Answer quickly to be believed
When people pause before replying to a question, even for just a few seconds, their answers are perceived to be less sincere and credible than if they had replied immediately, according to research published by the American Psychological Association.
And the longer the hesitation, the less sincere the response appears.
“Evaluating other people’s sincerity is a ubiquitous and important part of social interactions,” said lead author Ignazio Ziano, Ph.D., of Grenoble Ecole de Management. “Our research shows that response speed is an important cue on which people base their sincerity inferences.”
The research was published in the Journal of Personality and Social Psychology.
Researchers conducted a series of experiments involving more than 7,500 individuals from the United States, the United Kingdom and France. Participants either listened to an audio snippet, viewed a video or read an account of a person responding to a simple question (e.g., did they like a cake a friend made or had they stolen money from work). In each scenario, the response time varied from immediate to a 10-second delay. Participants then rated the sincerity of the response on a sliding scale.
Across all 14 experiments, participants consistently rated delayed responses as less sincere regardless of the question, whether it was a harmless one about cake or a more serious one about committing a crime.
A few conditions reduced this effect, the researchers found. For example, if the answer was considered socially undesirable, such as saying, “No, I don’t like it” when a friend asks if you like their cake, response speed did not seem to matter much; the answer was considered sincere whether it was fast or slow. The researchers also found that if people thought a slower response was due to mental effort (for instance, having to think back if you had stolen candy 10 years ago), response speed had a smaller effect.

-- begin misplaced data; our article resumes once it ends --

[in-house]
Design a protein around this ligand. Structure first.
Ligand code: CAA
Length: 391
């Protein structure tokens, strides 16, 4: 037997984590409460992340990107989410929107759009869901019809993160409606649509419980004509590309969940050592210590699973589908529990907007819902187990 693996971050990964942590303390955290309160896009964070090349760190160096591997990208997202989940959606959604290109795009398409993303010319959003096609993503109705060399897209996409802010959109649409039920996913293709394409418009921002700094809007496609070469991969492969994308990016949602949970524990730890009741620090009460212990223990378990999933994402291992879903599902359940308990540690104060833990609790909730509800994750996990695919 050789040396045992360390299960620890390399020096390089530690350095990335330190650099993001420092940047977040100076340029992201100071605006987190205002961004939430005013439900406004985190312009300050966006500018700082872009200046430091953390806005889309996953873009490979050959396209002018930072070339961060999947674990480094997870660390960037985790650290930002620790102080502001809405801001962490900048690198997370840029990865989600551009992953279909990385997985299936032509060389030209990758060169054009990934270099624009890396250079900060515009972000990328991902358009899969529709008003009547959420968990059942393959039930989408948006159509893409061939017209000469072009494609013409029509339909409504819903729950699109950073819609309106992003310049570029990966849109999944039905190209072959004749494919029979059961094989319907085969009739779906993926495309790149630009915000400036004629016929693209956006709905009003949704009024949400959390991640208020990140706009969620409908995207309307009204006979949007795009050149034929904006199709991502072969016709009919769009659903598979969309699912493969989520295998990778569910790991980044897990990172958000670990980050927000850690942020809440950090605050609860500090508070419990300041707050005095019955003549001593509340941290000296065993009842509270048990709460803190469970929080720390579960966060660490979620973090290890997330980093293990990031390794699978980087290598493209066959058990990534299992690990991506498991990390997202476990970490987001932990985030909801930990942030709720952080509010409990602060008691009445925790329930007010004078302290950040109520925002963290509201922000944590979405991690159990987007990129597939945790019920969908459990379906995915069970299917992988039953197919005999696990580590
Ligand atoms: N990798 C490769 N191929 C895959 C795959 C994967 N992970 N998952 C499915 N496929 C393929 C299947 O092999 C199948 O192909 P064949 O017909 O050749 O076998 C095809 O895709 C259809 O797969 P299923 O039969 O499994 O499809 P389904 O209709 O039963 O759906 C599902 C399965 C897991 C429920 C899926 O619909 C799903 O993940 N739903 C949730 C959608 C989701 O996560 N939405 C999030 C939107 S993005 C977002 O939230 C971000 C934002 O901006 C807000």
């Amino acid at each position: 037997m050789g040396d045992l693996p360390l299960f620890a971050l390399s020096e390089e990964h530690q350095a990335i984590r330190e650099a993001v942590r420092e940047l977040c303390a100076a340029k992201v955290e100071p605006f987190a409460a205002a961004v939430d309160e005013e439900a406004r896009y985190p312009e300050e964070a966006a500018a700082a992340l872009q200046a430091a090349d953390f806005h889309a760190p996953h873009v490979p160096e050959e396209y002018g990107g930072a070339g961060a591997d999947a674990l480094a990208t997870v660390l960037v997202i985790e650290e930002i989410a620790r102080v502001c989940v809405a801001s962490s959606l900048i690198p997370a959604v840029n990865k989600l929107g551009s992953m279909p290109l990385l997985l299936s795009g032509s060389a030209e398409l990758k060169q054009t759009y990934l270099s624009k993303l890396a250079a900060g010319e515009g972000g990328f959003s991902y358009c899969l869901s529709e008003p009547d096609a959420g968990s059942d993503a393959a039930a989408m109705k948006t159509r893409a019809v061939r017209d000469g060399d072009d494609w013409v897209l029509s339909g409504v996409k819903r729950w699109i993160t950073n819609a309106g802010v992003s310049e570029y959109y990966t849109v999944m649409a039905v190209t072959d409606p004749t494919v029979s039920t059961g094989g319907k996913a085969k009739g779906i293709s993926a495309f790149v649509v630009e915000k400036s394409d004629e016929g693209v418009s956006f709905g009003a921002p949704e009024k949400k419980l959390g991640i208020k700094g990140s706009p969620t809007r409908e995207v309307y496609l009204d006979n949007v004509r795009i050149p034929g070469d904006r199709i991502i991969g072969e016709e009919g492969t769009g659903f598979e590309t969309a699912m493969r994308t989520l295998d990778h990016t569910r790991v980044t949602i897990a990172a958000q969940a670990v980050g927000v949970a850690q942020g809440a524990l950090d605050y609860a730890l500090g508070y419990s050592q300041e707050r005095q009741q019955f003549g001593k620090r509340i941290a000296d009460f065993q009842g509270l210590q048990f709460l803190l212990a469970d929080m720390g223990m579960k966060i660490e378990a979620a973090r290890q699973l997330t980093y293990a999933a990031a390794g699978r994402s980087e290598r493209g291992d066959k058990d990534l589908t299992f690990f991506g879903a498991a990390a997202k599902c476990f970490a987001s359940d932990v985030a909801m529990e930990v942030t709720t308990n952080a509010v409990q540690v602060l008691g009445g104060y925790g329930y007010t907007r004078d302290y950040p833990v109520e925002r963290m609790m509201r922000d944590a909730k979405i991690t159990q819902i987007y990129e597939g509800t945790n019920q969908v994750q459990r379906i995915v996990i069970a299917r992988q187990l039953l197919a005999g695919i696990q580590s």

The findings have wide implications, according to Ziano. “Whenever people are interacting, they are judging each other’s sincerity. These results can be applied to a wide range of interactions, going from workplace chit-chat to couples and friends bickering,” he said. “Further, in job interviews and in court hearings and trials, people are often tasked with judgments of sincerity. Here, too, response speed could play a part.”
“Our results suggest that in this situation, the hiring manager is more likely to believe Ann than Barb, and therefore more likely to hire Ann,” said Ziano. “In general, whenever there is a response that requires an answer, such as in a job interview, delayed responses can be perceived as less sincere.”
Another area where response time may be important is jury reactions to testimony in court.
“It would be unfair for the responder, such as a crime suspect, if the response delay was misattributed to thought suppression or answer fabrication when it was in fact caused by a different factor, such as simply being distracted or thoughtful,” said Ziano.
The final experiment found that explicitly instructing participants to ignore delayed response reduced, but did not completely remove, the effect of delayed response on judgment of sincerity or guilt.
“Nevertheless, our research shows that, on the whole, a fast response seems to be perceived as more sincere, while a response that is delayed for even a couple of seconds may be considered a slow lie,” said Ziano.